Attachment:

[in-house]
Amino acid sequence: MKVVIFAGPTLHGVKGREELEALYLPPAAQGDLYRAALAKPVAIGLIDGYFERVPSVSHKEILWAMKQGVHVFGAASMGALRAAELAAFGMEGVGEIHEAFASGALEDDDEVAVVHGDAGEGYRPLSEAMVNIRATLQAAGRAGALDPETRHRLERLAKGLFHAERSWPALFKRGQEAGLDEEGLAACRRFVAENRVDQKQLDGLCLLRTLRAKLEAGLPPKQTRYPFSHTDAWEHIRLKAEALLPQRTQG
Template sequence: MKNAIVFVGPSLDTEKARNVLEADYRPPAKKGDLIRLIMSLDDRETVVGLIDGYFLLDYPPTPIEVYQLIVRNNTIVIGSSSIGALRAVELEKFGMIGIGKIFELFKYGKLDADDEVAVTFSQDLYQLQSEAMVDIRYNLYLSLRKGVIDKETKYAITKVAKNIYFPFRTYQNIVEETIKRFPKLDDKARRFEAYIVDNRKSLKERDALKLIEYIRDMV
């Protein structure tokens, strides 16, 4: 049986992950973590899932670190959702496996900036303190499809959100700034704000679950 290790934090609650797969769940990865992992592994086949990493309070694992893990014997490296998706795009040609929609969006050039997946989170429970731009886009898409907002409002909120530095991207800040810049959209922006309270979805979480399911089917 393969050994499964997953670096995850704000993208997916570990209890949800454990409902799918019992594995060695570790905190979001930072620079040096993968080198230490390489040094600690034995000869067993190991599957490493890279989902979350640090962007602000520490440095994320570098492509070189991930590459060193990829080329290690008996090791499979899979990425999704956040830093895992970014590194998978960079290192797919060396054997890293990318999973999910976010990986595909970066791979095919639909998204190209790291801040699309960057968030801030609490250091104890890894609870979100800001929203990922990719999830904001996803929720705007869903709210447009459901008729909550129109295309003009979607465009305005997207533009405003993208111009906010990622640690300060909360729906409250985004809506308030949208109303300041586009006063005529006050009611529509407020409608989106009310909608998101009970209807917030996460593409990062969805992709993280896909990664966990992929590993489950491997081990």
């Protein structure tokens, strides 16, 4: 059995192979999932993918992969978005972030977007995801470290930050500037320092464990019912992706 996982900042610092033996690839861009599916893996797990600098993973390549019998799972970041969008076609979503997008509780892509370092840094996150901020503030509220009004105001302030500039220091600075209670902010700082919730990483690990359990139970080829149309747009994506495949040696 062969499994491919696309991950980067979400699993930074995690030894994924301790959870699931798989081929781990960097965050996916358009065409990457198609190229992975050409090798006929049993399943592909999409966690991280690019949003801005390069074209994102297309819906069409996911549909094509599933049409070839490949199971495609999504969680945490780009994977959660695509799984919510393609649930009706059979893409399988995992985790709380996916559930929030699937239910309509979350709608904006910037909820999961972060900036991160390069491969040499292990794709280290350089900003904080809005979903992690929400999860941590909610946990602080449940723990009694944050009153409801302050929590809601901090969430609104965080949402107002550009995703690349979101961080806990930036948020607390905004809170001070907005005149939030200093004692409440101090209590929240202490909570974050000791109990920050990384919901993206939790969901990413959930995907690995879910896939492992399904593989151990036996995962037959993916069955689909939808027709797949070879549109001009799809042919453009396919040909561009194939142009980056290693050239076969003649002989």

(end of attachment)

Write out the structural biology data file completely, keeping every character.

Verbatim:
[in-house]
Amino acid sequence: MKVVIFAGPTLHGVKGREELEALYLPPAAQGDLYRAALAKPVAIGLIDGYFERVPSVSHKEILWAMKQGVHVFGAASMGALRAAELAAFGMEGVGEIHEAFASGALEDDDEVAVVHGDAGEGYRPLSEAMVNIRATLQAAGRAGALDPETRHRLERLAKGLFHAERSWPALFKRGQEAGLDEEGLAACRRFVAENRVDQKQLDGLCLLRTLRAKLEAGLPPKQTRYPFSHTDAWEHIRLKAEALLPQRTQG
Template sequence: MKNAIVFVGPSLDTEKARNVLEADYRPPAKKGDLIRLIMSLDDRETVVGLIDGYFLLDYPPTPIEVYQLIVRNNTIVIGSSSIGALRAVELEKFGMIGIGKIFELFKYGKLDADDEVAVTFSQDLYQLQSEAMVDIRYNLYLSLRKGVIDKETKYAITKVAKNIYFPFRTYQNIVEETIKRFPKLDDKARRFEAYIVDNRKSLKERDALKLIEYIRDMV
């Protein structure tokens, strides 16, 4: 049986992950973590899932670190959702496996900036303190499809959100700034704000679950 290790934090609650797969769940990865992992592994086949990493309070694992893990014997490296998706795009040609929609969006050039997946989170429970731009886009898409907002409002909120530095991207800040810049959209922006309270979805979480399911089917 393969050994499964997953670096995850704000993208997916570990209890949800454990409902799918019992594995060695570790905190979001930072620079040096993968080198230490390489040094600690034995000869067993190991599957490493890279989902979350640090962007602000520490440095994320570098492509070189991930590459060193990829080329290690008996090791499979899979990425999704956040830093895992970014590194998978960079290192797919060396054997890293990318999973999910976010990986595909970066791979095919639909998204190209790291801040699309960057968030801030609490250091104890890894609870979100800001929203990922990719999830904001996803929720705007869903709210447009459901008729909550129109295309003009979607465009305005997207533009405003993208111009906010990622640690300060909360729906409250985004809506308030949208109303300041586009006063005529006050009611529509407020409608989106009310909608998101009970209807917030996460593409990062969805992709993280896909990664966990992929590993489950491997081990």
């Protein structure tokens, strides 16, 4: 059995192979999932993918992969978005972030977007995801470290930050500037320092464990019912992706 996982900042610092033996690839861009599916893996797990600098993973390549019998799972970041969008076609979503997008509780892509370092840094996150901020503030509220009004105001302030500039220091600075209670902010700082919730990483690990359990139970080829149309747009994506495949040696 062969499994491919696309991950980067979400699993930074995690030894994924301790959870699931798989081929781990960097965050996916358009065409990457198609190229992975050409090798006929049993399943592909999409966690991280690019949003801005390069074209994102297309819906069409996911549909094509599933049409070839490949199971495609999504969680945490780009994977959660695509799984919510393609649930009706059979893409399988995992985790709380996916559930929030699937239910309509979350709608904006910037909820999961972060900036991160390069491969040499292990794709280290350089900003904080809005979903992690929400999860941590909610946990602080449940723990009694944050009153409801302050929590809601901090969430609104965080949402107002550009995703690349979101961080806990930036948020607390905004809170001070907005005149939030200093004692409440101090209590929240202490909570974050000791109990920050990384919901993206939790969901990413959930995907690995879910896939492992399904593989151990036996995962037959993916069955689909939808027709797949070879549109001009799809042919453009396919040909561009194939142009980056290693050239076969003649002989």